Hamster anti-TCR γδ (3A10, anti-pan-δ, described by Itohara et al. [60]) and anti-Vγ4 (UC3-10A6, described by Dent et al. [61]) monoclonal antibodies (mAb) were obtained from SCID mice (Oswaldo Cruz Foundation breeding unit, Rio de Janeiro, Brazil) ascitic fluid. 3A10 preparation was further purified/concentrated by Protein G (GE Healthcare, USA) affinity chromatography while UC3 was concentrated by ammonium sulfate precipitation. Both antibody preparations were dialyzed against saline solution before use. mAbs were i.p. administered (500 μg/mice every other day for 7 days, starting 1 day before CLP). Control mice were similarly sham-treated with normal hamster serum IgG.

Recovery of leukocytes from lung and spleen

Lung tissue samples were obtained from euthanized C57BL/6 mice at 1, 3, 7 and 10 days after CLP, macerated in RPMI 1640 medium containing collagenase type IV (250 IU/ml, 37 °C, 30 min) and centrifuged (400 g, 10 min). Spleens were dissected, macerated in PBS containing EDTA (10 mM, pH 7.4), and centrifuged (420 g for 10 min at 20 °C). Cell pellets from lung and spleen were re-suspended in 3 ml of PBS/EDTA and subjected to centrifugation on a Histopaque 1083 gradient (400 g for 30 min) for mononuclear cell separation.

Flow cytometric analysis

Leukocytes were stained with the appropriate concentration of the following antibodies: PE/FITC CD3 (145–2C11), PE/FITC TCR δ chain (GL3), PE TCR β chain (H57–597), FITC Vγ4 TCR (UC3-10A6), FITC Vδ4 TCR (GL2), FITC CD25 (7D4), PE/FITC IgG1 and IgG2 isotypes (BD Pharmingen, USA) and APC Vγ1 TCR (2.11) (Biolegend, USA). For intracellular cytokine staining, cells were pre-incubated for 4 h with PMA (20 ng/ml), ionomycin (500 ng/ml) and brefeldin A (10 μg/ml) at 37 °C and 5 % CO2. After surface marker staining, cells were fixed, permeabilized and stained with anti-IFN-γ, anti-TNF-α, anti-IL-4, anti-IL-10, anti-IL-12 and anti-IL-17 antibodies (BD Pharmingen, USA). IgG isotypes were used as irrelevant antibodies. Cells were acquired by FACScalibur flow cytometer (Becton Dickinson, USA) and analyzed either by Cell Quest or FlowJo softwares. Counts are reported as percentage and as numbers of cells after the multiplication of the percentage of T lymphocyte population by the total number of leukocytes. Gating strategies are shown in additional files (Additional file 3: Figure S3 and Additional file 4: Figure S4).

Adoptive transfer assay

Naïve C57BL/6 splenocytes were labeled with CFSE (Invitrogen USA, 1 μM/8×106 cells) and i.v. injected (4 × 107 cells, ≥ 90 % viability) into recipient mice 3 and 8 days after CLP or sham operations. Recipient mice were euthanized 10 days after adoptive transfer and their lungs were recovered for leukocyte analysis.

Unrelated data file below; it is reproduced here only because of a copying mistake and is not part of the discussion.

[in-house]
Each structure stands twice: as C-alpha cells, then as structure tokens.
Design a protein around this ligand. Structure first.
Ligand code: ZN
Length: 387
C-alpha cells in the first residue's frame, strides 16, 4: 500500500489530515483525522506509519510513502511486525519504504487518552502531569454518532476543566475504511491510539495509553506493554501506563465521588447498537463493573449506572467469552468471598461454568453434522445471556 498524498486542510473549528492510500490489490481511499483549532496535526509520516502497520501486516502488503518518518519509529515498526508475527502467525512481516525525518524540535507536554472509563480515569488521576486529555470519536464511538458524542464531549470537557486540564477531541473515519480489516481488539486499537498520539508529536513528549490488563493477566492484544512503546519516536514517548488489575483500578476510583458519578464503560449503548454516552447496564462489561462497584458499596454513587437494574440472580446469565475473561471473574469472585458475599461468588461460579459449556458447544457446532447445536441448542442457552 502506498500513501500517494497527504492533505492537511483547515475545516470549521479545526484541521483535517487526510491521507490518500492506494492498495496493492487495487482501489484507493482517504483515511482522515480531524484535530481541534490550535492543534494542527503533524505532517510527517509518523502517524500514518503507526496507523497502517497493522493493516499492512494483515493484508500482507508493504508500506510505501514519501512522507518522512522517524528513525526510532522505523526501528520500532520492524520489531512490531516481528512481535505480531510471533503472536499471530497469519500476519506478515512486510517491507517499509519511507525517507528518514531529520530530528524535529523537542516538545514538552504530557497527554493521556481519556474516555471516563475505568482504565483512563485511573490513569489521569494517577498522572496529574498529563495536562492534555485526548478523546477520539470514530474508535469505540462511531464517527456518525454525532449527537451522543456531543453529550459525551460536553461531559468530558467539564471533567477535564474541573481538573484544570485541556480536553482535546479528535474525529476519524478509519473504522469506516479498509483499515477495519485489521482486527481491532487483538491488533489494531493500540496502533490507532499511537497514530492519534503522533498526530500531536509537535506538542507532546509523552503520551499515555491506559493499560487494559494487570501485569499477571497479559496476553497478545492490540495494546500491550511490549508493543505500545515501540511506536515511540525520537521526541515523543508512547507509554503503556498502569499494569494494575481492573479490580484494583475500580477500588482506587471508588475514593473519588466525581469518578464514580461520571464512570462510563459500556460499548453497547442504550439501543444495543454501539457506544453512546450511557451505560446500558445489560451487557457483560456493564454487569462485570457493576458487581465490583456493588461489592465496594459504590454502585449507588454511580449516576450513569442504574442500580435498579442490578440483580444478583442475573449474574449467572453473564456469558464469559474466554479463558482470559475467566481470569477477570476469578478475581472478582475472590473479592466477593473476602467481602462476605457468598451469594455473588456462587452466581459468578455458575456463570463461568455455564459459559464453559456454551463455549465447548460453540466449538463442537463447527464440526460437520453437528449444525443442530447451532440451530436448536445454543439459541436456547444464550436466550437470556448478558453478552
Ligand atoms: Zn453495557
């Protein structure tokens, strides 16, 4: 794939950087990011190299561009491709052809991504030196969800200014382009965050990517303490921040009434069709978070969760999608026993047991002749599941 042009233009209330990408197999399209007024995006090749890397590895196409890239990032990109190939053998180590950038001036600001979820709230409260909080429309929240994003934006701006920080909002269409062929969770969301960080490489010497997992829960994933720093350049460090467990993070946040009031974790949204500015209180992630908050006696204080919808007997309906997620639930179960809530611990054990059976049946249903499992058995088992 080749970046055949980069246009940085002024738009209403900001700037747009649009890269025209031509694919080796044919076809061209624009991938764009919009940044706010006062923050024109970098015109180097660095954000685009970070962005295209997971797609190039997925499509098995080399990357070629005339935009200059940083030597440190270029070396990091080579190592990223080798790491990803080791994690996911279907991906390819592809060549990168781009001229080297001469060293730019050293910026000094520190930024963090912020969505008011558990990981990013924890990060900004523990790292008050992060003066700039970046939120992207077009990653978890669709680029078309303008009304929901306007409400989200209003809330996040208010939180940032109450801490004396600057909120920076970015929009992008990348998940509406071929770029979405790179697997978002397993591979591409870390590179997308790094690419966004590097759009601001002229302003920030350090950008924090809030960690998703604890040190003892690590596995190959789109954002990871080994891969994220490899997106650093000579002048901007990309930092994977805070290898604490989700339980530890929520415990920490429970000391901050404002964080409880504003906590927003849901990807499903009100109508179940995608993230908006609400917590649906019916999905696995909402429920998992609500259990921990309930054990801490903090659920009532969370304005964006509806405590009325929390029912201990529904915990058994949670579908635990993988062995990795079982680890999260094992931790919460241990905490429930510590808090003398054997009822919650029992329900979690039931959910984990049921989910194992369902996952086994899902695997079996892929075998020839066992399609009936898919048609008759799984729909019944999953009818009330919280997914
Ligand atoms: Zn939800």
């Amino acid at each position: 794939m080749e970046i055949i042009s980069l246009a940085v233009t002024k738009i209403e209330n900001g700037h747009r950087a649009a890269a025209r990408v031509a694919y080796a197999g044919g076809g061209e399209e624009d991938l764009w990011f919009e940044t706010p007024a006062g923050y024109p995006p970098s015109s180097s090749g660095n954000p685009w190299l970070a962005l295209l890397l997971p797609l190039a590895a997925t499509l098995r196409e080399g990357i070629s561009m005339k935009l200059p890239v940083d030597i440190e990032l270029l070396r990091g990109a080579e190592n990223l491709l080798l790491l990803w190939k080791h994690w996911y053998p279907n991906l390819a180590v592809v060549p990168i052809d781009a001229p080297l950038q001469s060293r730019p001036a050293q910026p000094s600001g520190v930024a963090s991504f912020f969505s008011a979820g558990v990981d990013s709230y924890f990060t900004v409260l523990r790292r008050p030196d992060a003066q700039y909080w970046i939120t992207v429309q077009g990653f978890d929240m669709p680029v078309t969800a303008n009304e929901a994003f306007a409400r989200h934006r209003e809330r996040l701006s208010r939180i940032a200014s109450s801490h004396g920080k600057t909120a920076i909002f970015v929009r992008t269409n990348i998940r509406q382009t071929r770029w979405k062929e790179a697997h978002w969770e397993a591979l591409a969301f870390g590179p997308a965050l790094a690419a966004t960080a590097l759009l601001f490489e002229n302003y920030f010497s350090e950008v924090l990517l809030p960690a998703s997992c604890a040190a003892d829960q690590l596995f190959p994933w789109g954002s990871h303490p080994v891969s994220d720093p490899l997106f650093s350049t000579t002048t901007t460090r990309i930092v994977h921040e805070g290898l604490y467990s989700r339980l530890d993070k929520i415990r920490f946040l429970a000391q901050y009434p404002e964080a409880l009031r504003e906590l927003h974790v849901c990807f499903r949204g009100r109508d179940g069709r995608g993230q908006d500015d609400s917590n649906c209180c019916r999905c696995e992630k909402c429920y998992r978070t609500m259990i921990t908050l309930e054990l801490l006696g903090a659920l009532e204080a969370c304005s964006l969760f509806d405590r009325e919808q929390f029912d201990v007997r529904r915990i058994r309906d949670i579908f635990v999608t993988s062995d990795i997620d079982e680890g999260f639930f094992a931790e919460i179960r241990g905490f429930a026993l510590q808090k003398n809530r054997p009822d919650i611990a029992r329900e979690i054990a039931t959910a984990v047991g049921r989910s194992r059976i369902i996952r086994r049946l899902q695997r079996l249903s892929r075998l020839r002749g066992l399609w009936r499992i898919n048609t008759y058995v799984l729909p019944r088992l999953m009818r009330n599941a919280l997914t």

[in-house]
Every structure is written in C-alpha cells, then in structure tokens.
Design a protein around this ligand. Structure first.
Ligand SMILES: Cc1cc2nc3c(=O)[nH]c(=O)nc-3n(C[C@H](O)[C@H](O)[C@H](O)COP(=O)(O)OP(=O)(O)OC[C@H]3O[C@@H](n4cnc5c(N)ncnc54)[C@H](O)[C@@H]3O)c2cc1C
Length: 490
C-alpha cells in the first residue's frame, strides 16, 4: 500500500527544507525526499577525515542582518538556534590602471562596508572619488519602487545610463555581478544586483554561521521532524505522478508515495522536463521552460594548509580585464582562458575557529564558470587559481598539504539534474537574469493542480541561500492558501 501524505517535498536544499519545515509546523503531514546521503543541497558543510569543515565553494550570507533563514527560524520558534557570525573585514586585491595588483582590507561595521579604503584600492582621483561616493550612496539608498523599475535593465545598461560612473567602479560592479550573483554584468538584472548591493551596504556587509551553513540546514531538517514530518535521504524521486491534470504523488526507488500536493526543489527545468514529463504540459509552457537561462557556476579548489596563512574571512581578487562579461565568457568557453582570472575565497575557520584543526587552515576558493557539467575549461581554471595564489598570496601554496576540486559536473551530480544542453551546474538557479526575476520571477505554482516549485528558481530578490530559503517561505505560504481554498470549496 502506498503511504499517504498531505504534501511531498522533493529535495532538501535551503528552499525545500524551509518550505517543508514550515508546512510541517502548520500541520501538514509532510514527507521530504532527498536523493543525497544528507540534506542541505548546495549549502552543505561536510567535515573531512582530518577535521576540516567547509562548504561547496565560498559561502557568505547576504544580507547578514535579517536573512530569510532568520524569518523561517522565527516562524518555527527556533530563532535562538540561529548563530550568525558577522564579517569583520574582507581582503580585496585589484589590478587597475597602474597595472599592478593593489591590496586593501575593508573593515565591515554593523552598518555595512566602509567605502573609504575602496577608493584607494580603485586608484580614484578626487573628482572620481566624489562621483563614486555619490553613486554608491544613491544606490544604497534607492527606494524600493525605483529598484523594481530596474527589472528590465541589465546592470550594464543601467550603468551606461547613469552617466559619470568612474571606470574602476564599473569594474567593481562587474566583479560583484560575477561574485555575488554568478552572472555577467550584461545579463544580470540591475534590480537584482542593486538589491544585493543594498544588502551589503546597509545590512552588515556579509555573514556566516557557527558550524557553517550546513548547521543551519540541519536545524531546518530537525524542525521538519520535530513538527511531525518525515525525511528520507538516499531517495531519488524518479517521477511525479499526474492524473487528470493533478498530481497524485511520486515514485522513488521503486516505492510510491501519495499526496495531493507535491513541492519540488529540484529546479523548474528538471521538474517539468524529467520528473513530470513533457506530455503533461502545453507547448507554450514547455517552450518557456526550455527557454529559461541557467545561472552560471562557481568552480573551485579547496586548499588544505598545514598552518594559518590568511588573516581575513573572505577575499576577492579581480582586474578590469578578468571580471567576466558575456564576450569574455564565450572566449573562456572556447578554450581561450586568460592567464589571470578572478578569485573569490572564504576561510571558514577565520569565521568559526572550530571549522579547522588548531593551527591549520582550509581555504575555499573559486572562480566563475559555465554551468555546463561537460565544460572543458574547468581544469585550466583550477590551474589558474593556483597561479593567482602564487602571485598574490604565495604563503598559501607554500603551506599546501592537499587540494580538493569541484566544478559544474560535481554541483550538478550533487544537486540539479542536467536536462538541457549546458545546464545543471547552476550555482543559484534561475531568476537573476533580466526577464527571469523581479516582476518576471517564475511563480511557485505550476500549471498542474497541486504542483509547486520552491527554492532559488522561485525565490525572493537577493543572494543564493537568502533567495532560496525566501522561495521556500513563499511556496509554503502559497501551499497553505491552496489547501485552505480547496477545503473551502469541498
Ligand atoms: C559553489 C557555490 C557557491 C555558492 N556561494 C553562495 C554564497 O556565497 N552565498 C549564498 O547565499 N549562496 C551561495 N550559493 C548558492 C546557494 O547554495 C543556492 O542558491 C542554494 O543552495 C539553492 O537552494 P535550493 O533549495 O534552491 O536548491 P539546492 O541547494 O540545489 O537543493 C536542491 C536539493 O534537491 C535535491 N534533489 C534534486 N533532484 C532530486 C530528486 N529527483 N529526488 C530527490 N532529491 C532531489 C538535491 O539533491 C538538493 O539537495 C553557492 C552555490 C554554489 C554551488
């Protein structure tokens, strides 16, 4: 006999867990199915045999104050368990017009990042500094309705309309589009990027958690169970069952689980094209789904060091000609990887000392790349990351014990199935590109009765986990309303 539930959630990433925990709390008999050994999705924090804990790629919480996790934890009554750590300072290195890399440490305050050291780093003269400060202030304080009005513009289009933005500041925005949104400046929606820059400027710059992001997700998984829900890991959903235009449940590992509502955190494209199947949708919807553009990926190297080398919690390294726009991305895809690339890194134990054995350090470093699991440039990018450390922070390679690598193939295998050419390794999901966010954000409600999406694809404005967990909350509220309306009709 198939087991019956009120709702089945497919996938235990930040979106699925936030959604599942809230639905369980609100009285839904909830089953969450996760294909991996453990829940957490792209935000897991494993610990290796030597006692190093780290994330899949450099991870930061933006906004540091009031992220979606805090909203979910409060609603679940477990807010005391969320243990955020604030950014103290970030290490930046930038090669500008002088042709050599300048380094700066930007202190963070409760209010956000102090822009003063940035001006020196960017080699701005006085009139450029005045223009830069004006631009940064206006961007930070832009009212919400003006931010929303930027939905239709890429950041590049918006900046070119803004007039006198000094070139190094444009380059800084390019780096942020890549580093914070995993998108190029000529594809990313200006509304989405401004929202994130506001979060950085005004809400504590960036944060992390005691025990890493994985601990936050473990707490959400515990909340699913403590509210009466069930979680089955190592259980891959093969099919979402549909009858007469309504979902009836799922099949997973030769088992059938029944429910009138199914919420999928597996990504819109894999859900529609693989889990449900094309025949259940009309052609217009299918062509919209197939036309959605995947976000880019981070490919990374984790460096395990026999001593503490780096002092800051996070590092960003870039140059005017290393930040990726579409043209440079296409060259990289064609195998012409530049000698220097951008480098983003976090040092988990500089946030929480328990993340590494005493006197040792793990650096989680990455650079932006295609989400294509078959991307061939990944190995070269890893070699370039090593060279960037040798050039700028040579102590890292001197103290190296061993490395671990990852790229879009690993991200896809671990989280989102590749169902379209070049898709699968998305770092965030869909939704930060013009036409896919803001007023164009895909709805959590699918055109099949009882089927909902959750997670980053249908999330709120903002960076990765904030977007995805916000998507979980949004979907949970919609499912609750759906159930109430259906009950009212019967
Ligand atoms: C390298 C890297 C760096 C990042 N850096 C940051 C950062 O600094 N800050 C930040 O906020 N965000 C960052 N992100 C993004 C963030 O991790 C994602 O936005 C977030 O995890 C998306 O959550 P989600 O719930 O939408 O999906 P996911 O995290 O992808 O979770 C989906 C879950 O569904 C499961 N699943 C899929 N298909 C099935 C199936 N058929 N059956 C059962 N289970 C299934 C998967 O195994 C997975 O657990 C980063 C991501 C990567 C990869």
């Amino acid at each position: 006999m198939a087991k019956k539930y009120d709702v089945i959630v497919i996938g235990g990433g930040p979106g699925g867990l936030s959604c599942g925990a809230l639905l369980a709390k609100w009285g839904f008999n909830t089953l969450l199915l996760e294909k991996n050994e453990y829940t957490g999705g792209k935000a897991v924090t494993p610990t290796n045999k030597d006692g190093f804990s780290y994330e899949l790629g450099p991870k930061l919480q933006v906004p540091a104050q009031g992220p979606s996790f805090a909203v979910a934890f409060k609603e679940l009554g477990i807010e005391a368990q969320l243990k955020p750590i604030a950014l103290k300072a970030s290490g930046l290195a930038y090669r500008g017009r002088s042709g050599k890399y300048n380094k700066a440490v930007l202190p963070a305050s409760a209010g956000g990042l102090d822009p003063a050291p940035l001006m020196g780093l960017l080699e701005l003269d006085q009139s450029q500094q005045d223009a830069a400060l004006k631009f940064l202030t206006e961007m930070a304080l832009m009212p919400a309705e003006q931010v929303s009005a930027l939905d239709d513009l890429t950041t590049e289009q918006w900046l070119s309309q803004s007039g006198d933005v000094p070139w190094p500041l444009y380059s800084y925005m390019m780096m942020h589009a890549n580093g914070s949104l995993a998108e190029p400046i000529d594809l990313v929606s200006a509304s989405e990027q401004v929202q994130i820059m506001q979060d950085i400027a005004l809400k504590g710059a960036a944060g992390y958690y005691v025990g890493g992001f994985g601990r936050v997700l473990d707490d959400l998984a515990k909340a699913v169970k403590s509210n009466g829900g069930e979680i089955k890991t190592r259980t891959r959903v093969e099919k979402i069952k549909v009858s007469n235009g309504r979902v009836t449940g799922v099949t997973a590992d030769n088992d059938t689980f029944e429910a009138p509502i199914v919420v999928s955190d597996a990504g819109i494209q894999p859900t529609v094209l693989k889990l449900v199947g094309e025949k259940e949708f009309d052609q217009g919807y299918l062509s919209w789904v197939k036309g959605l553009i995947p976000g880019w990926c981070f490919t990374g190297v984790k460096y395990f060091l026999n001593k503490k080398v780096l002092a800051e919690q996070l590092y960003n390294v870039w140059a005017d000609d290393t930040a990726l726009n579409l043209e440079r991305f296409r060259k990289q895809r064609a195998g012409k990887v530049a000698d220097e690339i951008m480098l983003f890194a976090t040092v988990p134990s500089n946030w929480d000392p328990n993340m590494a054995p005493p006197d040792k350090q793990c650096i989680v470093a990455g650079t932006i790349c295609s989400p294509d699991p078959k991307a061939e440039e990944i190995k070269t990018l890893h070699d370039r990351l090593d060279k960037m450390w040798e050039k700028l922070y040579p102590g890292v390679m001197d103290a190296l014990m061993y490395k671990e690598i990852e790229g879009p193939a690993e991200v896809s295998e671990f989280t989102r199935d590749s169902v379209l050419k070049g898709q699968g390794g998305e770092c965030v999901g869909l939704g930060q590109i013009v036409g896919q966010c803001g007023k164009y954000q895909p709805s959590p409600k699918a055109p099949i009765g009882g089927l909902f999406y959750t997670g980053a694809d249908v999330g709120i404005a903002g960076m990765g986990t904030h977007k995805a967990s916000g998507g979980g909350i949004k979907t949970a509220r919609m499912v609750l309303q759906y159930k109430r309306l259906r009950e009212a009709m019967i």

Preparation of lung homogenates

Lung homogenates were prepared by homogenizing perfused whole lung tissue using a glass potter homogenizer (Kontes Glass Company, USA) in 2 ml of PBS containing cell lysis buffer (Sigma Aldrich, USA) and protease inhibitor (1 μl/ml; Sigma Aldrich, USA), at 4 °C. The homogenates were centrifuged (8400 g for 30 min, 4 °C) and the supernatants were filtered (0.2 μm). For chemotaxis assays, lungs were homogenized using PBS only.

Cytokine quantification

Levels of chemokines were evaluated in lung homogenates from lungs recovered 7 days after CLP surgery by sandwich enzyme-linked immunosorbent assay (ELISA) by using matched antibody pairs from R&D (Minneapolis, MN), according to manufacturer’s instructions. IL-17 quantification was performed using the BD™ Cytometric Bead Array (CBA) mouse Th1/Th2/Th17 kit (BD Biosciences, USA), and samples were analyzed using a FACScalibur flow cytometer.

Transwell migration assay

Spleen T lymphocytes (3 × 106 in HBSS without Ca2+/ Mg2+) were placed in the upper chamber of 5.0 μm pore diameter transwell tissue culture inserts (BD Falcon, USA). Transwell inserts were placed in the individual wells of a 24-well cell culture plate containing assay buffer or lung homogenates from naïve, sham-operated and CLP-operated mice, neutralized (30 min, 37 °C) with anti-CCL2 mAb (2.5 ng/well), anti-CCL3 mAb (200 ng/well) or anti-CCL5 mAb (50 ng/well). The recombinant chemokines rmCCL2 (2.5 ng/well), rmCCL3 (4 ng/well) and rmCCL5 (4 ng/well) (R&D Systems, USA) were used as positive controls. After 2 h, the migrated cells were counted, labeled as described above, and analyzed by FACScalibur. Results are expressed as chemotactic index, generated by using the number of cells that migrated towards buffer as comparison.

Statistical analysis

Data are reported as the mean ± SEM and were statistically evaluated by analysis of variance (ANOVA) followed by Newman-Keuls-Student test or Student’s t test. Values of p ≤ 0.05 were regarded as significant.

Notes

Abbreviations

APC: 

Allophycocyanin

ARDS: 

Acute respiratory distress syndrome

CBA: 

Cytometric Bead Array

CCL: 

CC chemokine ligand

CD: 

Cluster of differentiation

CFSE: 

Carboxyfluorescein succinimidyl ester

CLP: 

Cecal ligation and puncture

CO2

Carbon dioxide

EDTA: 

Ethylenediamine tetraacetic acid

ELISA: 

Enzyme-linked immunosorbent assay

FACS: 

Fluorescence activated cell sorter

FITC: 

Fluorescein isothiocyanate

g

Gravity

IFN: 

Interferon

IgG: 

Immunoglobulin

IL: 

Interleukin

i.p: 

Intraperitoneal

i.v: 

Intravenously

KO: 

Knockout

mAb: 

Monoclonal antibody

min: 

Minute

ml: 

Milliliter

MPO: 

Myeloperoxidase

PBS: 

Phosphate buffered saline

PE: 

Phycoerythrin

PMA: 

Phorbol-12-myristate-13-acetate

RM: 

recombinant murine

RPMI: 

Roswell Park Memorial Institute

SEM: 

Standard error of the mean

TCR: 

T cell receptor

TNF: 

Tumor necrosis factor

VEGF: 

Vascular endothelial growth factor

Declarations

Acknowledgments

This work was supported by Fundação Carlos Chagas Filho de Amparo à Pesquisa do Estado do Rio de Janeiro (FAPERJ); Jovem Cientista do Nosso Estado to C.P. and Apoio às Instituições de Ensino e Pesquisa Sediadas no Estado do Rio de Janeiro 09/2011 to C.F.B. and C.P., M.F.S.C, V.U.B. and C.B.T.N. were supported by fellowships from Coordenação de Aperfeiçoamento de Pessoal de Nível Superior (CAPES) and Conselho Nacional de Desenvolvimento Científico e Tecnológico (CNPq) as students of the Graduate Program in Cellular and Molecular Biology from Oswaldo Cruz Institute, Fiocruz, Rio de Janeiro, Brazil. The authors are greatful to Mariana Souza and Fernanda Schnoor for critical reading of the manuscript and to Thadeu Costa and Luana Correa for technical assistance.

Authors’ Affiliations

(1)
Laboratório de Farmacologia Aplicada, Departamento de Farmacologia, Farmanguinhos, Fundação Oswaldo Cruz
(2)
Centro de Desenvolvimento Tecnológico em Saúde, Instituto Nacional de Ciência e Tecnologia de Inovação em Doenças Negligenciadas (INCT-IDN), Fundação Oswaldo Cruz
(3)
Laboratório de Toxinologia, Instituto Oswaldo Cruz, Fundação Oswaldo Cruz
(4)
Laboratório de Imunologia, Faculdade de Medicina de Petrópolis, Petrópolis
(5)
Instituto Oswaldo Cruz, Fundação Oswaldo Cruz
(6)
Laboratório de Inflamação, Estresse Oxidativo e Câncer, Centro de Ciências da Saúde, Instituto de Ciências Biomédicas, Universidade Federal do Rio de Janeiro
(7)
Mount Sinai School of Medicine